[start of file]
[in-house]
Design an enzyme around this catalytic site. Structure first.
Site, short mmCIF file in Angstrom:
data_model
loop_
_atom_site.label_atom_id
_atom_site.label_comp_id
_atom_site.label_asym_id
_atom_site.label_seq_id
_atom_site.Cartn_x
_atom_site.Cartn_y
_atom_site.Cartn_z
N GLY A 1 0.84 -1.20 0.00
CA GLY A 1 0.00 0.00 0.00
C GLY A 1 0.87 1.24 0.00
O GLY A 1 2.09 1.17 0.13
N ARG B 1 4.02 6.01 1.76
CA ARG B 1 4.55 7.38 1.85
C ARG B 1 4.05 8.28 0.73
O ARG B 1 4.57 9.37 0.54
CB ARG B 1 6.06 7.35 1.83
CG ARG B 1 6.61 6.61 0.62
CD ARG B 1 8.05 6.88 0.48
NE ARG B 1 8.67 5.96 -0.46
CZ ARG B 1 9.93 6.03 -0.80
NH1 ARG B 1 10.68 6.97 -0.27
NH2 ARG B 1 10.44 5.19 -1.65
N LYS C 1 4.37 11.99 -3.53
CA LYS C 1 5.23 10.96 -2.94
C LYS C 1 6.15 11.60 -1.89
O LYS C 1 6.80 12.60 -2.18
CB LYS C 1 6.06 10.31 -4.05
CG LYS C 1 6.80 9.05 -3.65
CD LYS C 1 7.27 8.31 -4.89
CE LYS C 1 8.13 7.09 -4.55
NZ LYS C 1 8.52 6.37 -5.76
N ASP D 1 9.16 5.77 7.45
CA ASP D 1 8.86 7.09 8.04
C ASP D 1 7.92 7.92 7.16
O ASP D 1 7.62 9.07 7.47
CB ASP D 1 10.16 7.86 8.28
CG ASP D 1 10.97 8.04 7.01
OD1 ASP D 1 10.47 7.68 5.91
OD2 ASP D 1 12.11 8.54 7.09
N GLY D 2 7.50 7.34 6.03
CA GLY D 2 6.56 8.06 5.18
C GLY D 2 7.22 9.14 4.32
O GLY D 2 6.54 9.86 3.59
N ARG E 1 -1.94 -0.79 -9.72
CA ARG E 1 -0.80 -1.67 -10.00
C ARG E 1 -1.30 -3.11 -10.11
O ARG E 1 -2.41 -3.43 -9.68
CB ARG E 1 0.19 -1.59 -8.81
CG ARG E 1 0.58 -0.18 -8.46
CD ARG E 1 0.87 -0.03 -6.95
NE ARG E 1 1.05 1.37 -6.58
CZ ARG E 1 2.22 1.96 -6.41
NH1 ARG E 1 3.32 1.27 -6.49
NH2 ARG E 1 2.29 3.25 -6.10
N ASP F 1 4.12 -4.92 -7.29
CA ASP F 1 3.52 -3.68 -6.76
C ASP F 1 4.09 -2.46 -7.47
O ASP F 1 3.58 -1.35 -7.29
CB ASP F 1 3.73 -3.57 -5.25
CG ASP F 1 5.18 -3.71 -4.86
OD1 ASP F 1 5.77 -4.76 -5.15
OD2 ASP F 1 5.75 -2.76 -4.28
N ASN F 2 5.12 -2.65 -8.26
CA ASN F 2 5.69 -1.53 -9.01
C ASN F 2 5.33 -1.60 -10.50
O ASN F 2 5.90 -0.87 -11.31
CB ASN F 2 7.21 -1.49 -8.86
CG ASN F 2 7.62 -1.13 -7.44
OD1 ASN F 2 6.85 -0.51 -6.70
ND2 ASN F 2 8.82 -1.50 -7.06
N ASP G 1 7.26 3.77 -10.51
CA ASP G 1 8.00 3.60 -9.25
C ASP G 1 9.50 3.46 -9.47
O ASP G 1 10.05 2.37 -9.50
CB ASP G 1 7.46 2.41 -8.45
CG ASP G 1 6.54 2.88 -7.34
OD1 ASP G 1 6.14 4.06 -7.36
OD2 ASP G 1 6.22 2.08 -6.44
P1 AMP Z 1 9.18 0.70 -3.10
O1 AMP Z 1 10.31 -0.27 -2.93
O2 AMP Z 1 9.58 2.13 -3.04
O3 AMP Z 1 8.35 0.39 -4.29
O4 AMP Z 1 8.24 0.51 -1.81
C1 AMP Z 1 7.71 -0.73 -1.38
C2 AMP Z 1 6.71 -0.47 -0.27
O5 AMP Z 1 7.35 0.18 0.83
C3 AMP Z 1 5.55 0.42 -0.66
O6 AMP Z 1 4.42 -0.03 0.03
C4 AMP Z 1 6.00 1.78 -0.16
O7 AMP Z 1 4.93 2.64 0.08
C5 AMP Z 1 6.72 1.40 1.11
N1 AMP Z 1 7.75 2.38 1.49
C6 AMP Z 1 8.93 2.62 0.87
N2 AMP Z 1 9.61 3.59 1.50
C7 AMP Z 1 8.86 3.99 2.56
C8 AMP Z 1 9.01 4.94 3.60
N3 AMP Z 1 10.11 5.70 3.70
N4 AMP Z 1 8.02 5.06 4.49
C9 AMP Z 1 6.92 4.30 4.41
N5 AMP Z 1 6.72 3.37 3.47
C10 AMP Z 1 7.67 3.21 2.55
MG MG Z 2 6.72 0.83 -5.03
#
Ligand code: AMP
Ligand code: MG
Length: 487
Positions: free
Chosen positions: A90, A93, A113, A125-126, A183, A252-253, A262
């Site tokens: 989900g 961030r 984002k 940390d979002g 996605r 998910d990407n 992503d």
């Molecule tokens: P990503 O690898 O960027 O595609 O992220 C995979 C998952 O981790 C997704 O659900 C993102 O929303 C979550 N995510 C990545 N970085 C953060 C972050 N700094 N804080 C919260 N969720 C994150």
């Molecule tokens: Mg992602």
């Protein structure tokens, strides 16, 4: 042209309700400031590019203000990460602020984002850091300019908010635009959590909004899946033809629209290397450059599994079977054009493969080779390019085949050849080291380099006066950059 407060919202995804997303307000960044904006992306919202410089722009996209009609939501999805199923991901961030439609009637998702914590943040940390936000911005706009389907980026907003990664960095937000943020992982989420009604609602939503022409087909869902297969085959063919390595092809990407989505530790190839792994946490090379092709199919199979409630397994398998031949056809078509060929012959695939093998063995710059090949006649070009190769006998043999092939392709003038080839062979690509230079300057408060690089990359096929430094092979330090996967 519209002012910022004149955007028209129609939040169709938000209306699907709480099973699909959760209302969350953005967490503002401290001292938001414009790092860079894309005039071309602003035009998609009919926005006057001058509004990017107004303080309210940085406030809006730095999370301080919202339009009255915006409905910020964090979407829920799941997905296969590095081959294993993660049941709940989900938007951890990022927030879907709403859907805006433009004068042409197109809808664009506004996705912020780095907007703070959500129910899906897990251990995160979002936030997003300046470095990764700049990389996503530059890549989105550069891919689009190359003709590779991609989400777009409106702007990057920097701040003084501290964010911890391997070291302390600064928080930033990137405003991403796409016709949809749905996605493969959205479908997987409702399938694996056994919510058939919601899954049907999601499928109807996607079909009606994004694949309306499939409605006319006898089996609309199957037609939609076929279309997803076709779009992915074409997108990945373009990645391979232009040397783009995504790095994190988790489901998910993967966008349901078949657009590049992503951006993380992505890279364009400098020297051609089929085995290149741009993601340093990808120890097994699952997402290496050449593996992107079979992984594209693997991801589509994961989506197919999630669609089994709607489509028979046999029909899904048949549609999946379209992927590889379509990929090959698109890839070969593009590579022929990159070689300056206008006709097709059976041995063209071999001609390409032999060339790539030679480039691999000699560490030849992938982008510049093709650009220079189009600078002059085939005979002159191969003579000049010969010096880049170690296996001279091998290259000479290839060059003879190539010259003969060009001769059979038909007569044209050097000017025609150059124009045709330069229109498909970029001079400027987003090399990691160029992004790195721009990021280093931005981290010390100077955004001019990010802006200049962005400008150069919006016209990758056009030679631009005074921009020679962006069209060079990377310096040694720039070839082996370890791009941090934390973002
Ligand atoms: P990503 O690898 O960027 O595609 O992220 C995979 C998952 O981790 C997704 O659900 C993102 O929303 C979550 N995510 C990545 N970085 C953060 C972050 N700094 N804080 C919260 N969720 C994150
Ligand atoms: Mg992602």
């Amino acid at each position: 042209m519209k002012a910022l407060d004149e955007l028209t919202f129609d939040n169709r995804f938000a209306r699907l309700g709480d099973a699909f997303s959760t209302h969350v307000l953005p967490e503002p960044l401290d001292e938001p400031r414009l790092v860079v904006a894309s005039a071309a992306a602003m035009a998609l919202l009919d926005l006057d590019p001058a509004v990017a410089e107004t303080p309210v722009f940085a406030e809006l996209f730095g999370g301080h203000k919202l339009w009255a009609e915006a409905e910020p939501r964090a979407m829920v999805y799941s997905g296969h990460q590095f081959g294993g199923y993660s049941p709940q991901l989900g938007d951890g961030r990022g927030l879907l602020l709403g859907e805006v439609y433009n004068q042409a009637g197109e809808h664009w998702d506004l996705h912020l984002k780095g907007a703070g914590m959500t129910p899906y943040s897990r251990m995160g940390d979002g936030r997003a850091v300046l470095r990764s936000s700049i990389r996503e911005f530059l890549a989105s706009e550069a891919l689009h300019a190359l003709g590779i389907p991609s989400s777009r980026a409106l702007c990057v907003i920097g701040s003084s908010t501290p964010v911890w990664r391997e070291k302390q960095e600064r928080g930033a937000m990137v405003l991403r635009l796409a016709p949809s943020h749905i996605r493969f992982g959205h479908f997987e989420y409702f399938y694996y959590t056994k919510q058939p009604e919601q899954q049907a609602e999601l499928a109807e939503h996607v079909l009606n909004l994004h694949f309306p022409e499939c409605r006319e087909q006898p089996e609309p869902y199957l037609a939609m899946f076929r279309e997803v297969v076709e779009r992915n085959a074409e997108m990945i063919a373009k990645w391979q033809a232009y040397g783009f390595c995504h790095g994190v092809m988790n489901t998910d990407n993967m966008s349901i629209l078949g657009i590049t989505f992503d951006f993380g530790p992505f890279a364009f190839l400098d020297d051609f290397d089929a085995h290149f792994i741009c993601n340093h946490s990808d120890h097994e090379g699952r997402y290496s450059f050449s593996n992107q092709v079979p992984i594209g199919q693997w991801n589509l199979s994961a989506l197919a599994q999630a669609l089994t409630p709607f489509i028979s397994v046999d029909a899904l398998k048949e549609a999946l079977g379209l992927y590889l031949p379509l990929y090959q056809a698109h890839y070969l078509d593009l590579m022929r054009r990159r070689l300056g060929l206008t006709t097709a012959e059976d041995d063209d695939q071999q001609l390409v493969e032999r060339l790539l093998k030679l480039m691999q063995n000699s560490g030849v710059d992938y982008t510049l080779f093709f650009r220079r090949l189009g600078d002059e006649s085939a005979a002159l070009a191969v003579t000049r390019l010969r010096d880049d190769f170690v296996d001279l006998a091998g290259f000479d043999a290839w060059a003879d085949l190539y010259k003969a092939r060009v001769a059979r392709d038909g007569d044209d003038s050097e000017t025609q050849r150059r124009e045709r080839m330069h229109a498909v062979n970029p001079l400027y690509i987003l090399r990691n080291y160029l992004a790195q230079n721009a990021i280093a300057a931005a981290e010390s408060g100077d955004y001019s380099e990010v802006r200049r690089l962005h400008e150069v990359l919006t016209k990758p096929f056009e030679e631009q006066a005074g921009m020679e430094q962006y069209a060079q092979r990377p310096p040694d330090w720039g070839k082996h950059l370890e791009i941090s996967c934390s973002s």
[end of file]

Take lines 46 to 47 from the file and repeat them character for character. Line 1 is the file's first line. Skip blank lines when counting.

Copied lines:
CA GLY D 2 6.56 8.06 5.18
C GLY D 2 7.22 9.14 4.32